Not a Mistake, Just a Smaller Knife…

… but by no means a small knife.

Harvesting firewood from my coppice is a yearly task that requires a lot of chopping off thin branches and twigs. Currently, I am using an old chef’s knife for that, but it is getting pretty warped and worn-out because it was not meant for that kind of work. And a hatchet is too unwieldy for it.

So two years ago I tried to make a machete. And I failed completely, the blade warped in quench and subsequently snapped when I tried to straighten it. It broke near the handle, so I had a relatively big chunk of straight blade left, but I did not know what exactly to do with it and I had better work to do anyway, so I have just used it for various experiments – for etching and tumbling tests, etc. I learned a lot from the piece for my future projects, so it was not completely wasted. But it was still big enough to make a knife, and the surface was so pitted now that it was no longer suitable for tests. So I have decided to make a knife out of it after all.

I annealed about one-third and cut the tang out of it, then I have put the now 17 cm long blade in the tumbler with fine sand and let it run for a few days to clean the surface of most of the corrosion, although the pitting of course remained. I did not polish the blade afterward to remove the pitting since that would make it really thin. Instead, I have dunked it overnight in tannic acid (or, as per Marcus, Oak Drop Soup). It got a nice dark-grey-blue coating that way and a really mean rustic look. In combination with linseed oil, it should provide moderately durable and strong corrosion resistance. Only I forgot to etch a logo in it before doing all that, and now I can’t, so the blade is unsigned.

The handguard is from bronze and old bone, the handle from pickled black locust. When I am making sheaths, I will make one for this too. I must confess – I did not do a very good fitting job on the handguard, I did not want to waste too much time on this. And I have decided to let the bronze get a natural patina over time for the same reason. But since this is a working knife for me, any flaws are not a problem since nobody ever will complain.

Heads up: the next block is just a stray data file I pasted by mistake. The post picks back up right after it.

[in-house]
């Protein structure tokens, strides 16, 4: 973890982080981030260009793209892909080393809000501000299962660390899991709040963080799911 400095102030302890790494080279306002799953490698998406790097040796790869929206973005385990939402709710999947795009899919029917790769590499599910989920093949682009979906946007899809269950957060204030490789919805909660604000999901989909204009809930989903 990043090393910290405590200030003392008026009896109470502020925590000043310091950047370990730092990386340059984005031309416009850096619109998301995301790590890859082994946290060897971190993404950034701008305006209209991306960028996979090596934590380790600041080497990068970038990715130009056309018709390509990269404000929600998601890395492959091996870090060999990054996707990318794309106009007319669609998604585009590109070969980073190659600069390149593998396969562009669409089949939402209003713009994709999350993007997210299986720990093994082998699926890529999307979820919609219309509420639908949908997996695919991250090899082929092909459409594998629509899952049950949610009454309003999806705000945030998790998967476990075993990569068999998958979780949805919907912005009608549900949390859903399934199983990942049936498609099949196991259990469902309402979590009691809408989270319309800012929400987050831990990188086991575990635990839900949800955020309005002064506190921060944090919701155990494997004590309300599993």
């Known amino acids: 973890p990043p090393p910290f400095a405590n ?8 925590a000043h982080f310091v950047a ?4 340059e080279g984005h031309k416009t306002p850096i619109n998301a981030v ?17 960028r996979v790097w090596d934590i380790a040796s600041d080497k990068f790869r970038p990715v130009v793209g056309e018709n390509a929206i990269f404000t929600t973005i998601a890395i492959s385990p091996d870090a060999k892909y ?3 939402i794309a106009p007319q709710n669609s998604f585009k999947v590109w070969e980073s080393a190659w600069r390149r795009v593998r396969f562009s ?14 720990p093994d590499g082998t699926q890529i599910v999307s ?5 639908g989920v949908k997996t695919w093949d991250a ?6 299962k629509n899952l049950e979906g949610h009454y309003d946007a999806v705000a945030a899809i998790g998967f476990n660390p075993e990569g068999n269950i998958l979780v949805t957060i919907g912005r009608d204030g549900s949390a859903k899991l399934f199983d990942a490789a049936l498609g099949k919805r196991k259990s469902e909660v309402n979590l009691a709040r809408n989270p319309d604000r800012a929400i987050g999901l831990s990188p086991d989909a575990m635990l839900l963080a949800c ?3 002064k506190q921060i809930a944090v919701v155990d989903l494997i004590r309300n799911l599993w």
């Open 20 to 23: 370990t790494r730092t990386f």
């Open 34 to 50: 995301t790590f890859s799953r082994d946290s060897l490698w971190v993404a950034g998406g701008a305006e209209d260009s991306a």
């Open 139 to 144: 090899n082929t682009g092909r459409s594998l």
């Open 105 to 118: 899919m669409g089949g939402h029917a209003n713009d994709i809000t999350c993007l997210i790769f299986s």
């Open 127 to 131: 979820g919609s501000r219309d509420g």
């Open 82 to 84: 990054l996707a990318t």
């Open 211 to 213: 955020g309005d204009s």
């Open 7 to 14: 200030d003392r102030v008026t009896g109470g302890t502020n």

© Charly, all rights reserved. Click for full size

I think it looks kind of nice and I am considering adding this type of knife to my repertoire as a bushcraft knife, with only slight changes in construction (full-tang instead of hidden tang). I am also considering adding a lanyard, although it is secure enough in the hand with this handle-shape.  I have already tested it for its intended purpose and the blade coating is resistant enough to withstand wood-chopping. And if it rubs-off, it is easy to reapply. I really like how this turned out and I am glad I did not simply toss it on the scrap pile.



  1. avalus says

    I really love how this knife turned out. The shape, the colours, the grain. Beautiful!

  2. voyager says

    Nice shape on the blade, and the handle is elegant. It sure doesn’t look as if it started life as a mistake.

  3. Ice Swimmer says

    I love the outdoorsy colours of the knife. It is neat that the handle looks shapely even when it is basically in a shape of a reversed and truncated kitchen knife handle, especially as it is, like you say, secure in hand.

  4. says

    @avalus, voyager I like the shape and colors too. especially the “burned” look of the handle. Unfortunately, I probably won’t be able to get the same color scheme again. Each ammonia pickled piece of wood seems to come out a bit differently, so each is unique.

    @Marcus thank you. I have expected the fuller to wash out a bit in the sand during tumbling, but it did not happen. The abrasion in the tumbler is not strong enough to seriously damage fullers or even bevel ridges, which is a good thing from my point of view, since it makes a very nice satin finish, saves a lot of work, and this means I can use it for those types of blade too. Only making fullers is a major pain in the ass and I will have to build some new equipment to make it less so.

    @Ice SWimmer, the handle is in fact deliberately modeled after the one that I have devised for cheff knives. I had to start three times before getting it right, the first time I started with a too small piece of wood, the second time I messed-up the hole, and the third time was the charm.

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